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What 2020 Has Taught Us (So Far)

Five Women of the Week share the challenges they’ve faced and the lessons they’ve learned over the last six months.

By Caitlin Abber

June 26, 2020

Take a deep breath. We are now more than halfway through 2020—phew. For many of us, this has been an incredibly challenging, transformative, and life-changing year. In some ways, life went on as usual—we were still expected to show up at work, babies were born, Lady Gaga put out an album. But in other ways, it was like no other year we’ve experienced in our lifetimes. 

For better or worse, the last six months have changed us. And now, looking back, we can see that the lessons we’ve learned—about health, resilience, community, and our shared history as Americans—are lessons that will hopefully stick with us for the rest of our lives.

Below, five Women of the Week share the challenges they’ve faced and the lessons they’ve learned over the last six months, from the importance of having a personal sanctuary, to interrogating our racist systems. 

Author and TV Host

In 2020, I’ve learned how to surrender with grace, whether I wanted to or not. At the end of 2019, I launched my first book, Modern Manhood: Conversations About the Complicated World of Being a Good Man Today, and I planned to tour the country for events all year. As Covid-19 unfurled, and my plans and income started to crumble, I kicked into action as I often do with Plan B… and then Plan C… until I was out of plans. Instead, I was forced to surrender the year of my dreams to the year of 2020’s reality. In truth, the events of Covid-19, as well as the more recent movement for justice and freedom in our nation, have made clear what really matters to me as a woman and human: health, family, and the well-being and safety of my community.”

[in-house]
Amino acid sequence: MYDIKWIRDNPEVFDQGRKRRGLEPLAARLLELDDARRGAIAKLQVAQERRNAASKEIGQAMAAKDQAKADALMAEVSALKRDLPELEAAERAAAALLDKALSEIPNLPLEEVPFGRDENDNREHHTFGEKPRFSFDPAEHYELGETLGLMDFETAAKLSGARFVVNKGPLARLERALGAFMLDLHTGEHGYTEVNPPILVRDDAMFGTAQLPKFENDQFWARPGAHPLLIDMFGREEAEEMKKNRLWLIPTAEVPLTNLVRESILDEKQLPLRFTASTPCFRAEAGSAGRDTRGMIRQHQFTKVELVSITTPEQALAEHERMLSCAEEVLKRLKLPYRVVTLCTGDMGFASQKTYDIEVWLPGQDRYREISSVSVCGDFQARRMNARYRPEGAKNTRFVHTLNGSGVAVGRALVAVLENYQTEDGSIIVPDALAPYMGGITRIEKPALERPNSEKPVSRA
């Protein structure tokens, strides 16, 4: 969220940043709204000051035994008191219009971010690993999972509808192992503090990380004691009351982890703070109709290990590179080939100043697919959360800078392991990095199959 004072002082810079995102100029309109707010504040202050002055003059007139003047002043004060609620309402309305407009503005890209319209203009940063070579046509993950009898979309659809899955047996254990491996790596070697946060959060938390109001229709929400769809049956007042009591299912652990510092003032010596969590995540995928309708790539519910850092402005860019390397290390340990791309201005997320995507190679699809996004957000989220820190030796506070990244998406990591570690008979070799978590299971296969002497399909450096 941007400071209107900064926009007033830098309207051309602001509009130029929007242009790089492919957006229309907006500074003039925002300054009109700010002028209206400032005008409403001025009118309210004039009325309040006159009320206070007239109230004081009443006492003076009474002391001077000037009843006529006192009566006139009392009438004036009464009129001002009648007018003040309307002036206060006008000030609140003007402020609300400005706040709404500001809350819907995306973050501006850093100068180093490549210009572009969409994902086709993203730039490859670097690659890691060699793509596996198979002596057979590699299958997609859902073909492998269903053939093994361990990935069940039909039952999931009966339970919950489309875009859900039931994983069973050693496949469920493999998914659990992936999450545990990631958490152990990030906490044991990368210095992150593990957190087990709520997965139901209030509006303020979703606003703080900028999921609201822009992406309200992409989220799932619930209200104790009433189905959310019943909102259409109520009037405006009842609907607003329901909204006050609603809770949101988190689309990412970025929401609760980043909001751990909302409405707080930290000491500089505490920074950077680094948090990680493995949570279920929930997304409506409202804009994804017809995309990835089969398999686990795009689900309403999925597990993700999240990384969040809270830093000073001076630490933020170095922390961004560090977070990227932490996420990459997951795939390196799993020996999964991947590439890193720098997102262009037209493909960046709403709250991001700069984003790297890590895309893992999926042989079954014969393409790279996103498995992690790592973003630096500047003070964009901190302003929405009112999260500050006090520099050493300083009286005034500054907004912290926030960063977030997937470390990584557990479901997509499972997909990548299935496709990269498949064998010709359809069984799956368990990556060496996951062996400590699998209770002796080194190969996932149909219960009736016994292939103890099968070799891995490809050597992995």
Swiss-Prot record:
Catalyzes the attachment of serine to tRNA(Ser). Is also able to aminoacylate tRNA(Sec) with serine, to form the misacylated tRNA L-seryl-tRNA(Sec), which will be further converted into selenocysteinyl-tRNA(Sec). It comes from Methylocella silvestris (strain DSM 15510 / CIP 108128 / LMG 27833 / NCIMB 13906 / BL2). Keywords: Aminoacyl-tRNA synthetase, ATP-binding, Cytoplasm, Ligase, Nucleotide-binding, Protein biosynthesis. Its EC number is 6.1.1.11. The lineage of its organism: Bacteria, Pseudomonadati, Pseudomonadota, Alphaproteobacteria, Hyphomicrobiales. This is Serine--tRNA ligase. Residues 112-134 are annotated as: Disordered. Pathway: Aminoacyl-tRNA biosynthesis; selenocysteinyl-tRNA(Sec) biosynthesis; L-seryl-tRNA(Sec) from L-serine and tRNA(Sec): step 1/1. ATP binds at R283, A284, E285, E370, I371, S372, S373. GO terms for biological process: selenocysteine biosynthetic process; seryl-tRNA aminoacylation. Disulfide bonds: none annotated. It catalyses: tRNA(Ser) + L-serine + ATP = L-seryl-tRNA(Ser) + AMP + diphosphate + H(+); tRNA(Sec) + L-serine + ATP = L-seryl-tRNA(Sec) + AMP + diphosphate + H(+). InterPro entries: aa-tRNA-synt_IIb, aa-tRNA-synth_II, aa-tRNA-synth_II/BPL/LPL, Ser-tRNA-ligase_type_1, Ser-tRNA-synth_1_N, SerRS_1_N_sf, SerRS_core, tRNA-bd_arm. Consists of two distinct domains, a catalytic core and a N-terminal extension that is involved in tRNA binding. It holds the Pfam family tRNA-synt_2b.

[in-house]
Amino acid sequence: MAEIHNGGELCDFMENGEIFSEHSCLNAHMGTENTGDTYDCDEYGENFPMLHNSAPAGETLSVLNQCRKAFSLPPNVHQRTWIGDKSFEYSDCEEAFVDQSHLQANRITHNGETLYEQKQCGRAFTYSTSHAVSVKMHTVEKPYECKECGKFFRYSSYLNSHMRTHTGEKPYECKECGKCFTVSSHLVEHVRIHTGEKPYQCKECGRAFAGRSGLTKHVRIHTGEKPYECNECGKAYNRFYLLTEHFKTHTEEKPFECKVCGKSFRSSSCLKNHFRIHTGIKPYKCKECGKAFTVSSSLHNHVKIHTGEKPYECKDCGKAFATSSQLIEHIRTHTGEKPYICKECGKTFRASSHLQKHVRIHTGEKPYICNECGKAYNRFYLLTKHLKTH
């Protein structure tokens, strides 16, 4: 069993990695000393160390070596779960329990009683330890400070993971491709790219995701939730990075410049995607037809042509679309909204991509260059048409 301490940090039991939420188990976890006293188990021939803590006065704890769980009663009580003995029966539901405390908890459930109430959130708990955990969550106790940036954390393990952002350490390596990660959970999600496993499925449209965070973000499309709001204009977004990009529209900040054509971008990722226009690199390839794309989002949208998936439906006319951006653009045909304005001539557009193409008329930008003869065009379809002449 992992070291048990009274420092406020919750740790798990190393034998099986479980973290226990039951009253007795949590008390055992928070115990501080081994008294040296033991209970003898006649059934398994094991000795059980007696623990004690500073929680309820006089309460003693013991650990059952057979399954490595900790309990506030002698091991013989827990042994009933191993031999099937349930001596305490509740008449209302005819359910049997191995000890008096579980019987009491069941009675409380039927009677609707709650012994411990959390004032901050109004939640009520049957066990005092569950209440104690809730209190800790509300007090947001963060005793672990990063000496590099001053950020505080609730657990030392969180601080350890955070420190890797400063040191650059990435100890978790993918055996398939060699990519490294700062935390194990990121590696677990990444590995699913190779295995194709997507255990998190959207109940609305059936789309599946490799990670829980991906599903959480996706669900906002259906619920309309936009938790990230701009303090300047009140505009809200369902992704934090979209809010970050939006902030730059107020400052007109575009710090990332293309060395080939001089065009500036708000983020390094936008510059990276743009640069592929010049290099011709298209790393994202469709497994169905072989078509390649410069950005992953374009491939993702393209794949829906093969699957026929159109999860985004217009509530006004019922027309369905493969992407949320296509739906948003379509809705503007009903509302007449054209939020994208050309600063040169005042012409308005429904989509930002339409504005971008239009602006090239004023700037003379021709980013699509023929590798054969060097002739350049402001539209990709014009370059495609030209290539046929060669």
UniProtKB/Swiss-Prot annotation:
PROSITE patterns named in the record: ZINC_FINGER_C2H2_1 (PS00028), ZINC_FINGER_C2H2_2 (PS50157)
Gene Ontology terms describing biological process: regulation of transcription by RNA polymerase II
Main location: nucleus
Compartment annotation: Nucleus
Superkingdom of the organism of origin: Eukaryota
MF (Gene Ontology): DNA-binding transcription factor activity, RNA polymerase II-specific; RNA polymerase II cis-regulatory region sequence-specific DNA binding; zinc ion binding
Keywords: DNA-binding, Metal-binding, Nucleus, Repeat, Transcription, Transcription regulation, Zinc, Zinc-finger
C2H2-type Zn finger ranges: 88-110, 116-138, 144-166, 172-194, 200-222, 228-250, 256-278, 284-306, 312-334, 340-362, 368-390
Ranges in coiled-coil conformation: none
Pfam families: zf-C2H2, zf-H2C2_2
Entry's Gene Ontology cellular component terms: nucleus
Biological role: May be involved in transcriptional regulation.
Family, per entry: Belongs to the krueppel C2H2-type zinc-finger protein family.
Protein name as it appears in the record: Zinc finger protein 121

CEO of Girl Be Heard

“2020 has presented some unforeseen challenges, but it has also given me a tremendous opportunity to slow down, pause, and do some deep thinking around my life, my commitment to things I care deeply about, and my core values. 

As an activist and a community leader, I engage every day with all kinds of people. One thing I have been reflecting on is how closely our lives are intertwined and bound together. The way communities have had to rally around solutions to address the global pandemic is the clearest example of this, and now with the pandemic as a backdrop, we see a powerful national and global surge of actions in support of the Black Lives Matter movement. People everywhere are harnessing their collective power to truly push for change.

How we as individuals choose to act in this moment speaks directly what we bring to our world. A word I use a lot is Ubuntu. It is a southern African philosophy which states, ‘I am because you are,’ or more generally, an acknowledgement that our humanity binds us together in compassion and care for others. 

The challenges (and opportunities!) of 2020 have highlighted this concept for me in a way few other things have.”


Founder of Context & Co.

“2020 has been a lesson in rituals, creating space and finding presence.